About this Blog

This blog started as an online diary and place for me to rant about annoyances in my family.

However since July it has become a place for me to catalogue and express my views and opinions on the treatment I have recieved following the diagnosis of a potentially cancerous tumor in my bowel.

On 3rd August 2011 I was told that it was cancerous. In April 2012 I was given the all clear.

October 15th 2013 I was diagnosed with peritoneal disease and liver metastases. The cancer was back and this time it is inoperable.

It is a little bit out of date as the NHS doesn't tend to have a WiFi connection in hospital and I can only post when I get home and posts take a while to write.

It is NOT about individuals or the nursing profession. It is about some of the inadequacies in the system and the way the NHS is failing some people.

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Monday, 19 November 2012

Volunteering is hard work

Don't get me wrong, I love having the opportunity to help others and giving people other opportunities but sometimes it is incredibly draining.

I have the privilege of volunteering for some amazing organisations and really helping other people but also gaining invaluable skills for when I am eventually in the position to return to the work force.

Lets tell you about what I do...

1. Girlguiding UK. 
I have been involved in Guiding (Girl Guides, when I joined) since I pulled on a brown dress, at age 7, not dissimilar to this one here, and have loved it ever since. 
I loved the Pack Holidays to random church halls, often with not much to do locally but lots of washing up, cooking & cleaning. 
I loved camping even when it was raining and muddy and everything I had taken with me was wet. 
I love the opportunities it has given me from the opportunity to discover I love climbing, but hate abseiling, the chance to go to Poland not once, but twice to the chance to really find out things about myself as a person.
The international camps, the chance to cook wonderful food on open wood fires and discover that there is no temperature control and some food that you would not eat at home tastes absolutely wonderful when eaten outdoors with slight (read burnt) charring.
Who am I to deny these fantastic opportunities to a new generation of girls & inspire a new generation to reach their full potential?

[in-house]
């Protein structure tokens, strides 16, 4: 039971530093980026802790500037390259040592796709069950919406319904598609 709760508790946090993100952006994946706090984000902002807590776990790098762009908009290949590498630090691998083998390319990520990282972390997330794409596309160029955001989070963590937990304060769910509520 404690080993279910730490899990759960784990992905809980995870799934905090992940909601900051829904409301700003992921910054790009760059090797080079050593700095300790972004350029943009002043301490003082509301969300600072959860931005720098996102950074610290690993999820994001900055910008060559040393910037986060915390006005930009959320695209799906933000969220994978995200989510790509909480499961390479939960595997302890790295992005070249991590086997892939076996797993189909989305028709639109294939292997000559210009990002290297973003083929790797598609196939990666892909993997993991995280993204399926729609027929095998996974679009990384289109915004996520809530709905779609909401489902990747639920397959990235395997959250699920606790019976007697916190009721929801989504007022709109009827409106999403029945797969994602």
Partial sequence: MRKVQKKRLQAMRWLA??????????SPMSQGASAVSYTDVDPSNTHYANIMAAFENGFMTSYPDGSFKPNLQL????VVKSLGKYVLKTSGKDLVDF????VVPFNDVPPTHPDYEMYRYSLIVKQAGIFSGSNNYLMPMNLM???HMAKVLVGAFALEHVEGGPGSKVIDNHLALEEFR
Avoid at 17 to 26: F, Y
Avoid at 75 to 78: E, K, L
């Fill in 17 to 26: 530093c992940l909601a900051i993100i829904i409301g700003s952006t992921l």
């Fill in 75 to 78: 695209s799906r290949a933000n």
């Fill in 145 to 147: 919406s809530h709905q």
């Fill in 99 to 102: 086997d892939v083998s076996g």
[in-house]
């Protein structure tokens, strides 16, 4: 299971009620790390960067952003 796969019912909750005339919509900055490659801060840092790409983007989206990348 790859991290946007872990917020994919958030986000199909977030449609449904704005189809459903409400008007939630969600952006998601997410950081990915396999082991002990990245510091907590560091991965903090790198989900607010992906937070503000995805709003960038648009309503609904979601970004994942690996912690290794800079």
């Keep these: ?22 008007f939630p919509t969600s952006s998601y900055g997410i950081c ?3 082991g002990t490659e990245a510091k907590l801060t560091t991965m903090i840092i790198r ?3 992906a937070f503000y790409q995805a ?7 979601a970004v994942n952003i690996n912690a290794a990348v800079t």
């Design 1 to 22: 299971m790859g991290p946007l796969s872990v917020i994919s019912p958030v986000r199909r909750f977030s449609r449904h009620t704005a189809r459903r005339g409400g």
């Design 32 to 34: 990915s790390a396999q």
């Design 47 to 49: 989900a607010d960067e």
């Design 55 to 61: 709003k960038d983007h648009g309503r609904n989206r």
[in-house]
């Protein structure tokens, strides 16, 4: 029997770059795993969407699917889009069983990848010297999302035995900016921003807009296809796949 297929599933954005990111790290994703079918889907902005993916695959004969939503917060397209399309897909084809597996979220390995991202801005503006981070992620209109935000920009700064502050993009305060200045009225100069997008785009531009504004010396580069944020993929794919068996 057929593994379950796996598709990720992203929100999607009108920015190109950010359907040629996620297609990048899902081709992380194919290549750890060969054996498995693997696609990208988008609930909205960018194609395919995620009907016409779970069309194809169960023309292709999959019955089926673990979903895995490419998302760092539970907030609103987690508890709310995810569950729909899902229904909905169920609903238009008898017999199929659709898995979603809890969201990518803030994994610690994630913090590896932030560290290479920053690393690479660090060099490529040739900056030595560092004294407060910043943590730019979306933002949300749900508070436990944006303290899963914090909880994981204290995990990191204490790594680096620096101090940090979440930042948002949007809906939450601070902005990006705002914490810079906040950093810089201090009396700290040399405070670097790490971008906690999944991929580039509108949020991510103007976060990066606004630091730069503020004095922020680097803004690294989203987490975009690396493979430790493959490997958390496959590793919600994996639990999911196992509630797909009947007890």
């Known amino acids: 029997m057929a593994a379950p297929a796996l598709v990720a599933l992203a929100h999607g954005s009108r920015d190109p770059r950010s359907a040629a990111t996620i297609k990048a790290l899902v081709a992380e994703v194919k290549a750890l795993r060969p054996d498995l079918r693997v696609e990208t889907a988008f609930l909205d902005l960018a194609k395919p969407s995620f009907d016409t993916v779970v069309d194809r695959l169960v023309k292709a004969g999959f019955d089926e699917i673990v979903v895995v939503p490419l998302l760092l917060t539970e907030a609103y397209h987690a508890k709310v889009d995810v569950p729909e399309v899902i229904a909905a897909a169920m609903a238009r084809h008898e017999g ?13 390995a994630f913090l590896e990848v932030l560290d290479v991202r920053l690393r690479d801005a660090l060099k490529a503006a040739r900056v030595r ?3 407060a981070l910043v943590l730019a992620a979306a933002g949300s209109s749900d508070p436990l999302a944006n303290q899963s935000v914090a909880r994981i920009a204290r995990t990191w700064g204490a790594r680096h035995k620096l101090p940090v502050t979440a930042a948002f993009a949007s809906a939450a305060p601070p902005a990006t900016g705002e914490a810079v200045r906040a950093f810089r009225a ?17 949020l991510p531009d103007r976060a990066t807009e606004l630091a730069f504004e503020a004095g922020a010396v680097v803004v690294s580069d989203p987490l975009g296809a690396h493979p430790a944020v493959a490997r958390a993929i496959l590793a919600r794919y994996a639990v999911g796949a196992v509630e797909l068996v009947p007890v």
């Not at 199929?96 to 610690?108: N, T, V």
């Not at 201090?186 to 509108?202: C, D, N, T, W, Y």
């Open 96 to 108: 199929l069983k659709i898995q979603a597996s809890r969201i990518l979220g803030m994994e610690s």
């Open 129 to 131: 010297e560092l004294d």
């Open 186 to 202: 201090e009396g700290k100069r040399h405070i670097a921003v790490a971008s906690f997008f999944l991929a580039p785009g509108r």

So I hit 18, gained my warrant and promptly left to go to university where it was difficult to fit in the regular weekly meetings, so I joined SSAGO and had some fun. 
Then I graduated and started working - shift work is not conclusive to Guiding, but looking back now I realise that just working is not enough, I needed another challenge.
When we finally moved back to Sussex I could not wait to get stuck in. A friend needed an Assistant Guider and that was it, I was back in. It was great to get back into giving back. I had a chance to walk it the Lord Mayors Show, visit Our Chalet in Switzerland & attend my first Catholic Church Service. 
When I fell pregnant with Isaac I started looking for a unit closer to home and found a fantastic unit where I made some fantastic friends and created centenary memories not just for me, but for Isaac & Imogen as well. 

Our family on the 2nd Crawley Down Guides Centenary Trip to London, July 2010. Riding on the London Eye

When I had Imogen, I found that helping run a Guide Unit was not conclusive to family life, especially when I had a husband who works night shift. Eventually after much sole searching I decided I needed an option that fitted with family life. 
After a quick meeting with some NCT friends it became very apparent that there was a need for Rainbow Units in Crawley and several emails later I appeared to have agreed to help set one up. Which we did. 
That unit is still going strong and has helped rejuvenate a fellow guider. In the meantime I became aware of a unit that was going to close. This was a far more local unit to me & the one that I probably would have wanted Imogen to attend. I had a couple of meetings with the guider there and was all set to take it over & then BOOM Bowel Cancer struck (see it creeps in everywhere) & I had to take a back seat. I could not have run a demanding rainbow unit and dealt with all I have. ,
But when chemo ended in April 2012 I was raring to go. So I have joined a new unit (the old one had to close unfortunately) and already met some lovely people and done some incredible things. 
So what is involved in volunteering for Girlguiding UK? 
Honestly as much or as little as you want.
I probably put in a couple of hours a week plus an hour long meeting. But its not work, it's browsing sites like Pinterest, iChild & activity village for ideas & crafts that might work. It's being able to delegate the paperwork (now mostly on-line) to someone else ;)
And it is about giving those girls the time of their life and giving them the spark that I was given so many years ago.

That was a lot longer than I anticipated, so I shall tell you about my other work later.

If in the meantime you are interested in finding out more about Girlguiding UK or volunteering & inspiring a new generation of young people, why not visit The Girlguiding UK website